Five weirdest stories of job hate
Sometimes, people get revenge on their workplace -- and sometimes their workplace gets revenge on them. We're not sure which of these descriptions best fits a man's bizarre car crash into the Boulder restaurant where he worked on Monday -- more on that below. But it got us thinking about other stories of employees who said goodbye to their job in memorable ways. Check out our favorites below, complete with links to previous coverage. Number 5: "Jennifer Gomes, PE teacher, allegedly left bomb threat because she didn't want to be at school."
It's a temptation pretty much every student has felt -- the urge to make a bomb threat because of an impending test or an awful assignment or the feeling that there was something more important to do than go to school.
Example: In 2011, someone put a note on the door of Escuela de Guadalupe School reading, "There is a bomb inside."
The twist? The person accused was Jennifer Gomes, the school's P.E. teacher. She later admitting to doing so to police, because she wasn't that into going to work that day.
We've been there, Jennifer. But most of us sucked it up and went anyway.
Continue to keep counting down our five weirdest stories of work revenge. Number 4: "Pissed-Off Oddfellows Employee Was Caught On Camera Stealing $1,000 From Restaurant's Safe."
This one comes from the Dallas Observer, our sister paper. Last fall, the Observer reports, an employee of Oddfellows, a suburban restaurant, was reprimanded for poor performance and assigned a different task.
But according to a police report quoted by the Observer, "Apparently the suspect did not agree with the supervisor and walked into the back storage where the safe was located, opened the safe door, and took the money."
Quite a bit of money, too: $1,096. Problem is, the whole thing was caught by a camera pointed directly at the safe.
Not exactly the perfect crime.
At about 2:46 a.m. on Monday, the Boulder Daily Camera reports, a car pulled up to BJ's Restaurant & Brewhouse, one of Boulder's most popular watering holes.
And then the vehicle pulled into it.
Police say Daniel Chaires, a BJ's employee, appears to have purposefully driven his car into the eatery's entrance, wiping out its revolving door in the process. Upon their arrival, cops found him "lounging" behind the wheel -- the seat back, his hands behind his head. Just chillin'.
In the police report cited by the Camera, Chaires didn't say he had crashed into the place because he was angry or upset. Indeed, he insisted that he didn't want to hurt anyone -- and he admitted being on an unnamed drug at the time. So it's possible Chaires' actions don't fit our revenge motif.
Then again, we wouldn't want to bet against it.
Continue to keep counting down our five weirdest stories of work revenge. Number 2: "Joseph Kern: Is he a schmuck for back-wages lawsuit against restaurant he allegedly robbed?"
This incident is a variation on the theme that dominated our fourth pick, above. But then it goes off into an inspired improvisation.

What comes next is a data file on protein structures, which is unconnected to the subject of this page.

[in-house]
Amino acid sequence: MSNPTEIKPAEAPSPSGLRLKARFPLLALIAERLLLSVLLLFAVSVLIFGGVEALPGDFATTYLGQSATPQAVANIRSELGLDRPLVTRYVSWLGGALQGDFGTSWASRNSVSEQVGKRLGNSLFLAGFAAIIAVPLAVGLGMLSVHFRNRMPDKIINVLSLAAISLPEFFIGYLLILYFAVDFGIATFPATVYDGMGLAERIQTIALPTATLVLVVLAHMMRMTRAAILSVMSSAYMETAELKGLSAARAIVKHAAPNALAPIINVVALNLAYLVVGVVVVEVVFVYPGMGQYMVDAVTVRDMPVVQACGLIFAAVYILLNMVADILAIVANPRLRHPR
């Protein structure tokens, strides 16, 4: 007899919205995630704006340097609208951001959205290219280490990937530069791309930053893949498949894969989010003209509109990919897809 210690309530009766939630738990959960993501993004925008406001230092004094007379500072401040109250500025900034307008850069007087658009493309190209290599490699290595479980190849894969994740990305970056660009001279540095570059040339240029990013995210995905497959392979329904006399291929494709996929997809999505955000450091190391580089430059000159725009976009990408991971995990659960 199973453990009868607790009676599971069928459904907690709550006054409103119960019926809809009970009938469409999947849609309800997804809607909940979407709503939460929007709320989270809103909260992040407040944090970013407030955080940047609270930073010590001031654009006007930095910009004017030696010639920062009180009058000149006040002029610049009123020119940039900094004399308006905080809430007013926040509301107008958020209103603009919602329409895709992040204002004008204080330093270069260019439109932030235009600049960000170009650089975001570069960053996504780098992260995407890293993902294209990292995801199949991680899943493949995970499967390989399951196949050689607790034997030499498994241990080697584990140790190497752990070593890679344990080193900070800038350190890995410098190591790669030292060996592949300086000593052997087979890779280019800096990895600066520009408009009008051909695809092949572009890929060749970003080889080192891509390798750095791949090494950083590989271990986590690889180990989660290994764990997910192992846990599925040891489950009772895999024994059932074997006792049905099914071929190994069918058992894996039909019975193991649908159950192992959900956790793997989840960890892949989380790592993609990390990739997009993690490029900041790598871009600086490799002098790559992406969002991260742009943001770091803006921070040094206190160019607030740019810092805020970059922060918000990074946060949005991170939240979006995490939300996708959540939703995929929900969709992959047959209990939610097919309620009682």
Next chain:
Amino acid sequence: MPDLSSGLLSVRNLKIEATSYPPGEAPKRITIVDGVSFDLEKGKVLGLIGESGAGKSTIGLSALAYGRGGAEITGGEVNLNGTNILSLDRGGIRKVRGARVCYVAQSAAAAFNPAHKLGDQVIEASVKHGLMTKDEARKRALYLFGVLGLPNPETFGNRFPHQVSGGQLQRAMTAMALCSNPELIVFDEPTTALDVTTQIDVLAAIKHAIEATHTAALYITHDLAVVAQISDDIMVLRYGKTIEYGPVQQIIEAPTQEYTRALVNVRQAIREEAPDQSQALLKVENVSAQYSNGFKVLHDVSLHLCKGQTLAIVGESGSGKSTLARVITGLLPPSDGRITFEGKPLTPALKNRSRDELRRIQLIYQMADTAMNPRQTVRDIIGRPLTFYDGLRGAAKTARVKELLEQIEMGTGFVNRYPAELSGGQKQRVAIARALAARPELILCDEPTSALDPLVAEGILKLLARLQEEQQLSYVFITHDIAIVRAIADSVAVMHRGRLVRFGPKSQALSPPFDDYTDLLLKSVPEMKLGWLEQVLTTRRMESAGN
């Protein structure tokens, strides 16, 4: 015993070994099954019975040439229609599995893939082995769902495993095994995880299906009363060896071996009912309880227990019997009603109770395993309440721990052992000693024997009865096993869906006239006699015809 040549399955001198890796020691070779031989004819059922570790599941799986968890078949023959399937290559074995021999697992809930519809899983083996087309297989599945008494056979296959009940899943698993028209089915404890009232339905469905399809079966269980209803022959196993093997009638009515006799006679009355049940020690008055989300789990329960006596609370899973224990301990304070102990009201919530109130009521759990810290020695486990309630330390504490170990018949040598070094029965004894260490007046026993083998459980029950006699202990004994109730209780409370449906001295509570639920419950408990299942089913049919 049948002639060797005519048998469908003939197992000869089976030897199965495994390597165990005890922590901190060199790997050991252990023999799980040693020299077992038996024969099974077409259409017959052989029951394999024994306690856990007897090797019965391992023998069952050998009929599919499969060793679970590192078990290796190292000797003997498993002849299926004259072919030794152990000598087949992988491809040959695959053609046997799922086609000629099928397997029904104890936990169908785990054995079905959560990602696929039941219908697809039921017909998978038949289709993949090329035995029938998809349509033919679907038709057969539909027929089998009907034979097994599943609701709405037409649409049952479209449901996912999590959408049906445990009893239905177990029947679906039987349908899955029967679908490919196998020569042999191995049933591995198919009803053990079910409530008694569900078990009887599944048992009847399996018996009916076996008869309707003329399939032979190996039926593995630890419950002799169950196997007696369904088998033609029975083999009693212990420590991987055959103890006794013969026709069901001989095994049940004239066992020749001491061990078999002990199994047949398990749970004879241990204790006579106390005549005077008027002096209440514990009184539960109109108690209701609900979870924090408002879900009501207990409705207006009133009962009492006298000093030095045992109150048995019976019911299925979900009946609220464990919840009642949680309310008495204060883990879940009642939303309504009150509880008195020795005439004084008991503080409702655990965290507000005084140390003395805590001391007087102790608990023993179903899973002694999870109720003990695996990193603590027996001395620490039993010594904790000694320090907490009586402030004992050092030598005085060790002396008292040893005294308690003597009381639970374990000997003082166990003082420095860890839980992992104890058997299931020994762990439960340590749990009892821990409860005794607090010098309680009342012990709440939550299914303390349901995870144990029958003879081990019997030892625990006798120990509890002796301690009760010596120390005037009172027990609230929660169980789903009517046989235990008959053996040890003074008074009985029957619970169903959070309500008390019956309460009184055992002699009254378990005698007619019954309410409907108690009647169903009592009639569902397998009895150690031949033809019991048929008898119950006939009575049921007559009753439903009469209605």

Joseph Kern worked for CP Burger in Aspen -- but this last October, he was caught on camera stealing around $2,000 from the company safe. He was subsequently charged with assorted crimes, but he denied wrongdoing, insisting that he didn't realize he'd been sacked at the time he let his fingers do the walking, and as an employee, he had access to the safe.
As for why he took the money, he insisted that CP's owners owed even more than what he took but hadn't ponied up. To that end, he later filed a lawsuit against them in small-claims court for just over $5,200.
Balls? Big ones....
Continue to keep counting down our five weirdest stories of work revenge. Number 1: "Man stabs himself rather than go to work at Blockbuster: Understandable!"
Here's how we wrote about this bizarre event on an early November Tuesday in 2009:
At about 6:30 p.m. on Monday night, Aaron Siebers reported that he'd been stabbed in Edgewater by "three skinheads or Hispanic males dressed in black" who tried to rob him. Trouble is, a surveillance video from a business where this alleged attack supposedly took place didn't show anything like what Siebers described. So the cops interviewed him again -- and this time, he reportedly admitted that he stabbed himself rather than go to work at a Sheridan Boulevard Blockbuster.
An insanity defense wouldn't seem like the best way to go for Siebers when fighting the false-reporting charge he faces, since everyone with a job at Blockbuster probably dreams of stabbing himself on occasion, making it a totally logical impulse. Then again, maybe Siebers could argue that a sane man would have turned a blade on himself a lot sooner than he did. Either way, we're pulling for him.
Don't know what happened to Siebers -- but we know what happened to most of the Blockbusters in the Denver area, and around the country. Call it Aaron's revenge.
More from our Business archive: "Photos: 300 Blockbusters closing in weeks, no word yet how many in Colorado."
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